Communicating with health providers and romantic partners: The impact of negative emotions on quality of life for individuals with hidradenitis suppurativa : International Journal of Women's Dermatology

Secondary Logo

Journal Logo

Original Research

Communicating with health providers and romantic partners: The impact of negative emotions on quality of life for individuals with hidradenitis suppurativa

Ingraham, Natalie PhD, MPHa,*; Hann, Lena R. PhD, MPHb; Williamson, J. Austin PhD, MAc; Drew, Calebb

Author Information
International Journal of Women’s Dermatology: October 2022 - Volume 8 - Issue 3 - p e049
doi: 10.1097/JW9.0000000000000049
  • Open


What is known about this subject in regard to women and their families?

  • Overall, the quality of life scores of patients with Hidradenitis suppurativa (HS) is lower than patients with other chronic dermatological conditions.
  • Women are twice as likely than men to be diagnosed with HS.
  • The families of patients with HS may be impacted given its possible disabling condition and impacts on physical and mental health.
  • Very few studies have addressed the role of patient and partner communication on patients with HS.

What is new from this article as messages for women and their families?

  • Our majority female (95%) sample experienced negative emotions when interacting with providers around HS, which was related to lower quality of life scores.
  • Women in our study also experienced negative emotions when interacting with their romantic partners that was also associated with lower quality of life scores.
  • Future care approaches should prioritize mental health strategies in HS patients’ care plans, and establish partnerships between dermatology practices and mental health professionals to aid in the multidisciplinary approach recommended for the treatment of HS.


Hidradenitis suppurativa (HS) is a chronic, inflammatory, debilitating skin disease that often presents during or after puberty and impacts an estimated 1 to 4% of the population. It is characterized by painful, deep, and inflamed lesions mainly in the groin, perineum, genital, and underarm areas, though other areas of the body can be affected.1–3 Clinicians and researchers have pinpointed many intersecting factors that may impact HS—such as genetic, endocrinological, bacterial, environmental, and lifestyle factors—but no one specific cause has been identified.4 Similarly, many different treatment options exist for patients with HS, though none have been documented to work for all patients. Women are more than twice as likely to be diagnosed with HS than men with higher prevalence among people of color.5 Currently there is no cure for HS; patients can only manage their symptoms through medication, surgery, and/or lifestyle changes with varied reported levels of success.4,6,7 The purpose of the current study was to document social, emotional, and medical challenges faced by individuals with HS and draw connections between these challenges and their quality of life.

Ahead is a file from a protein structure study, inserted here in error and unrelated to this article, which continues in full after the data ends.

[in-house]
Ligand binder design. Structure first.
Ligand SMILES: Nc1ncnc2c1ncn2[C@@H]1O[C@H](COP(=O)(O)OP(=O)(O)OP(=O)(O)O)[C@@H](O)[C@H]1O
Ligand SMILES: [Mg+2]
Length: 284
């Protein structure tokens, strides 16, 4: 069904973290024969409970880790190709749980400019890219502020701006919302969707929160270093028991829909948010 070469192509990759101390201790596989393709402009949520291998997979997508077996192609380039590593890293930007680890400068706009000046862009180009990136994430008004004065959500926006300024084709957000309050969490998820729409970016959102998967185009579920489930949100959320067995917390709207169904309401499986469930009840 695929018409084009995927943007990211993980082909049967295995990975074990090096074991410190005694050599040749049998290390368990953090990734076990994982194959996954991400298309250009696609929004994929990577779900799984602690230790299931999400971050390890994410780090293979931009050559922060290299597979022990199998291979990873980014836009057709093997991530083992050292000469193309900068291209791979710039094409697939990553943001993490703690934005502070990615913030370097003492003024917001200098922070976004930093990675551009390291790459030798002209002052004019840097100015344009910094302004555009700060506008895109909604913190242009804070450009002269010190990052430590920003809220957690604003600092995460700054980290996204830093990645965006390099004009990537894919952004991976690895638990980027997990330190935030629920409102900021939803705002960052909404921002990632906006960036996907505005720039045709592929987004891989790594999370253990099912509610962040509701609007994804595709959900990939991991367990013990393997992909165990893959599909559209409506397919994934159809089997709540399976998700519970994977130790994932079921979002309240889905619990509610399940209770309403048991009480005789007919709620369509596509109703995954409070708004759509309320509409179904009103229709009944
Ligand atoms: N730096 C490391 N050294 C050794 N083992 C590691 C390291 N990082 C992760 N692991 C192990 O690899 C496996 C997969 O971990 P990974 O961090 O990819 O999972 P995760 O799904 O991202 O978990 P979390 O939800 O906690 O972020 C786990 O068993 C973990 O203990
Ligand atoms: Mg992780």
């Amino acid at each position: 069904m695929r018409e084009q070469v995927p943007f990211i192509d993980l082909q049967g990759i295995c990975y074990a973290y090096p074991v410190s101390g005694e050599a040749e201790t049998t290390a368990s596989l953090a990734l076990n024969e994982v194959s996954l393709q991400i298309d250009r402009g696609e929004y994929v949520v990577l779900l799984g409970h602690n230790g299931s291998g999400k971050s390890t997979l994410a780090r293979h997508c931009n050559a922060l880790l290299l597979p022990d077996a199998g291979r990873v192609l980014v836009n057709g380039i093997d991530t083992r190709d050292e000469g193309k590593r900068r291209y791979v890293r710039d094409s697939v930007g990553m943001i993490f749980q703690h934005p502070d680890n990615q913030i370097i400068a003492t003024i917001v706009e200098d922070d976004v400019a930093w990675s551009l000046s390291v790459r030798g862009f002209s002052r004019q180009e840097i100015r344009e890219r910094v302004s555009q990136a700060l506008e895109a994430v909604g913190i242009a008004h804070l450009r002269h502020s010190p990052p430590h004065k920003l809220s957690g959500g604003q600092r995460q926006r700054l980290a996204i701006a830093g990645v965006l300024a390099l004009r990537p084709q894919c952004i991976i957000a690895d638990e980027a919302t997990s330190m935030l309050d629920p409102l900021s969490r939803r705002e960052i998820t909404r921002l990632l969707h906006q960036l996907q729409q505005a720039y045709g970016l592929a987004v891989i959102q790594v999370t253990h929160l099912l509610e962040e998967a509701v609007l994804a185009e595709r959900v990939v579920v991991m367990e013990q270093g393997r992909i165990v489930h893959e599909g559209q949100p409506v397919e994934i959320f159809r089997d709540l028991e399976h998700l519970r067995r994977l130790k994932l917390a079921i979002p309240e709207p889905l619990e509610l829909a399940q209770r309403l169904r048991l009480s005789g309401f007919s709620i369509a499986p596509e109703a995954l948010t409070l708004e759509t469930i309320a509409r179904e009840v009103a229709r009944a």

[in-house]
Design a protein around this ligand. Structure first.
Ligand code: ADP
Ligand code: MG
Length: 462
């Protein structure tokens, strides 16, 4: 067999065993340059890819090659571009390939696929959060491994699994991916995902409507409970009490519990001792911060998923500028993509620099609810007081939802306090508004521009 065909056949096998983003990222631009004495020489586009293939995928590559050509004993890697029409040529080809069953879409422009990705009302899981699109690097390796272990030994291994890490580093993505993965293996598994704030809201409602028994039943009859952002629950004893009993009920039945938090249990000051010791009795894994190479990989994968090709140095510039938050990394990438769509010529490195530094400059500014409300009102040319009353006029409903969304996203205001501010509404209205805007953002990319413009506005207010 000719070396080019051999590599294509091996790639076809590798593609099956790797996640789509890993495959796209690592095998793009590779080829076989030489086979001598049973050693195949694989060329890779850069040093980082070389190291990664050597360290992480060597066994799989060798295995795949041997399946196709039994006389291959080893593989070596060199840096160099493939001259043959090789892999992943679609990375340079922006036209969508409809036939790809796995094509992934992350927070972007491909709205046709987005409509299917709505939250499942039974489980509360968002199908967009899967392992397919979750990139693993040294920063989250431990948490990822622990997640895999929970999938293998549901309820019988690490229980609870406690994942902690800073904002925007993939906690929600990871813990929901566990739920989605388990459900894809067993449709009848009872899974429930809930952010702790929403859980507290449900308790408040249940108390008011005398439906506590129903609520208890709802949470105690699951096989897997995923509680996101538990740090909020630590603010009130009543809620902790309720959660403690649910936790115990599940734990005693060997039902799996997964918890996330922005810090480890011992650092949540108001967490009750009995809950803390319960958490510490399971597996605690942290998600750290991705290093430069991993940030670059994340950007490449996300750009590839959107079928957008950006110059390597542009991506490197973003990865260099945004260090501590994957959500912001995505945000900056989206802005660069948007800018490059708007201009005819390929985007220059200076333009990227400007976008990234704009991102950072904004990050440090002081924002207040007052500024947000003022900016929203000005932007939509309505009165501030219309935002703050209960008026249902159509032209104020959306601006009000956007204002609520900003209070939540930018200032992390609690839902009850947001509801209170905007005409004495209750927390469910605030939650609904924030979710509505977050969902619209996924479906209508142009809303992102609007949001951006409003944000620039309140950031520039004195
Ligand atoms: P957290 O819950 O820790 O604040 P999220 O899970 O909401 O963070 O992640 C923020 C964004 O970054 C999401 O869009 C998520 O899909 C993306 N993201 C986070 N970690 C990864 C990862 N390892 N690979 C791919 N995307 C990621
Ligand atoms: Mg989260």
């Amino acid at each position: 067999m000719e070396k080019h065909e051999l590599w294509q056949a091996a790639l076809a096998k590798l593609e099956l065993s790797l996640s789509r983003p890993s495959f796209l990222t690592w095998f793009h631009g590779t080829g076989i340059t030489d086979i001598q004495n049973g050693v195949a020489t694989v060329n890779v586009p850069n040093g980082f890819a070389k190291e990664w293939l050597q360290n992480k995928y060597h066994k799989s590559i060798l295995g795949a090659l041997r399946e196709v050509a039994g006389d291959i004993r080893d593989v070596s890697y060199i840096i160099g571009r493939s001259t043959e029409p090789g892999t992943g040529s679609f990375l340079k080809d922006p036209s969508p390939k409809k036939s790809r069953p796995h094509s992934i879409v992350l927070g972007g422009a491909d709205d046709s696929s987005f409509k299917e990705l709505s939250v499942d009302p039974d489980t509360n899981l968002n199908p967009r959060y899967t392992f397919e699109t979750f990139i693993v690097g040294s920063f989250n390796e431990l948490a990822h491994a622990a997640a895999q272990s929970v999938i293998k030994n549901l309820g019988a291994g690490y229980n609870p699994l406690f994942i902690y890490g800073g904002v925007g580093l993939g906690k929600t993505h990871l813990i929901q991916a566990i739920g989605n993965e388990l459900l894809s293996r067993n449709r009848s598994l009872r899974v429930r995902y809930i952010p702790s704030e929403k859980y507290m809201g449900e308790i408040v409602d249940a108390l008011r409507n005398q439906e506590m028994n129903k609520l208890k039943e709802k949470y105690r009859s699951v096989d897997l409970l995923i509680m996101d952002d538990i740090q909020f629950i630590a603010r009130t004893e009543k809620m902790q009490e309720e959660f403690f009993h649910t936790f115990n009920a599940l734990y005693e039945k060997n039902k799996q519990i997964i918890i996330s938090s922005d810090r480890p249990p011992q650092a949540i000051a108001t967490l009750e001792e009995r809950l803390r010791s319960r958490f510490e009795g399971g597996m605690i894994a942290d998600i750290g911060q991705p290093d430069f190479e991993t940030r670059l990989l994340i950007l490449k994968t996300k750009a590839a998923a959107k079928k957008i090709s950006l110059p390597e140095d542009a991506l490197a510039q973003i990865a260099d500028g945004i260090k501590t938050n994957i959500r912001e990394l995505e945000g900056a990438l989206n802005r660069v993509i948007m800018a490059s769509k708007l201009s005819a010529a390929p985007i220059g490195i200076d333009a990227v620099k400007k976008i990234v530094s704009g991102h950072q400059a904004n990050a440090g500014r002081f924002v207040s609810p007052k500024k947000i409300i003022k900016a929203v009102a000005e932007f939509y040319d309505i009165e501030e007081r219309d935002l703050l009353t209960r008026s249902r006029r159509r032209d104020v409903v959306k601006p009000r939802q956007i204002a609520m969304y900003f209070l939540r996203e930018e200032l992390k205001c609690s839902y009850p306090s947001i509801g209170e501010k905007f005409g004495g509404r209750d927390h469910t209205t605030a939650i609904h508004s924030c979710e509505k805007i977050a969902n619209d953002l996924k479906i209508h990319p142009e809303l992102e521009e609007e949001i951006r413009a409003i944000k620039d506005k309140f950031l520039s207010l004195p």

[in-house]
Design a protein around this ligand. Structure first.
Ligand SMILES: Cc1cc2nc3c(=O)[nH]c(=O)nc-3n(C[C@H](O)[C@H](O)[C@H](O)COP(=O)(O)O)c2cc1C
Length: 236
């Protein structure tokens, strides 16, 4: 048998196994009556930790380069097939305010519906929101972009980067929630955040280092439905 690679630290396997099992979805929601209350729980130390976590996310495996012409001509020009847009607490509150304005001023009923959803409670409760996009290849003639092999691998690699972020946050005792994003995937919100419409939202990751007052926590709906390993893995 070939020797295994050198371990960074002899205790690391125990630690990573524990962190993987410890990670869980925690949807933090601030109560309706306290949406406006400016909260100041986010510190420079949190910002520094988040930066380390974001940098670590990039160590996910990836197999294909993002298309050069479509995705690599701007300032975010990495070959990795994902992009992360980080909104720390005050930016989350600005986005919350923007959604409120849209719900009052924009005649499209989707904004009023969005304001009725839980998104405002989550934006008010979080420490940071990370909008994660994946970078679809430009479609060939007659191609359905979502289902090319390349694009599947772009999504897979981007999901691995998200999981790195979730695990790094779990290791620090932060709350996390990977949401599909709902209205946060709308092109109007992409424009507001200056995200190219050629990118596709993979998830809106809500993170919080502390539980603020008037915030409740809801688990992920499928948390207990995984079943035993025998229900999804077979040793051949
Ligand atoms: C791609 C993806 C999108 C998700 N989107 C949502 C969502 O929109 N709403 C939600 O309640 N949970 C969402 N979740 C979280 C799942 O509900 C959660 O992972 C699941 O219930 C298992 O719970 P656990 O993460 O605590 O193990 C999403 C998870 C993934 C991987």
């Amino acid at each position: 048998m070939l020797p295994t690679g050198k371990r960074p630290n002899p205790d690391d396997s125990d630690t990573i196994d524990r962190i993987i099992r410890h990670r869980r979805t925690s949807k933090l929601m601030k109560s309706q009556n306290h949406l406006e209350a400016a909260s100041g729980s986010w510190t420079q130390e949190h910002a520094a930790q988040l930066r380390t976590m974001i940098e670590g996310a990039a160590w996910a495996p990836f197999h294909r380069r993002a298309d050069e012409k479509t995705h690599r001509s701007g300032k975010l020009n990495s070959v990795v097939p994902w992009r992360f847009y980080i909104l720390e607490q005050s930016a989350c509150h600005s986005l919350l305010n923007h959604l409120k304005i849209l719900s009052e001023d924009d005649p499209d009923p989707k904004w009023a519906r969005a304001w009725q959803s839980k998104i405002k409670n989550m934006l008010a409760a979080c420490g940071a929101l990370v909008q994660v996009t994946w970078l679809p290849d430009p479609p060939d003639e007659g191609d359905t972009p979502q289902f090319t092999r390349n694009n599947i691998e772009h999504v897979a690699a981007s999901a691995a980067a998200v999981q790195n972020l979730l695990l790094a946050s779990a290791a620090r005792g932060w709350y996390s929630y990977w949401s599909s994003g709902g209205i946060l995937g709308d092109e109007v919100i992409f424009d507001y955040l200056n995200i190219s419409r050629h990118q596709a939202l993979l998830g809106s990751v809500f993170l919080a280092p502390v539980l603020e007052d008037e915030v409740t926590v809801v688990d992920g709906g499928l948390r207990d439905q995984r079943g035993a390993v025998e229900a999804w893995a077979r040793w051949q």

HS diagnosis and care

When and where a patient first seeks care for their HS is important for short- and long-term health outcomes. Many HS patients present their first symptoms to general practitioners, who successfully diagnose the disease only 20.4% of the time.8 Family physicians report low confidence in diagnosing and treating the disease, even though at least 80% received some form of HS education during their medical training.1,9 Patients with a confirmed HS diagnosis are often referred to multiple healthcare providers10 who typically focus on treating the physical characteristics of the disease, even though HS patients also have higher rates of mental health concerns like depression, anxiety, and suicide.11

The severity of HS is traditionally classified by Hurley stages I, II, or III, depending on the progression of the disease throughout the body.1,12 Disease management is complex and often requires balancing medical and surgical options, which have varying degrees of success, and also impact associated pain, psychiatric issues, and medical comorbidities.4,13 Patients with HS are often advised to undergo lifestyle changes to manage symptoms, including diet restrictions to avoid foods that will cause flares, navigating which clothing fabrics will least affect daily activities, and carefully choosing which physical activities to participate in based HS severity and presence of flares.13–15 While there is recent literature on HS patient counseling and treatments, there is little research on how patient–provider interactions related to HS may also impact patient outcomes.

HS and mental health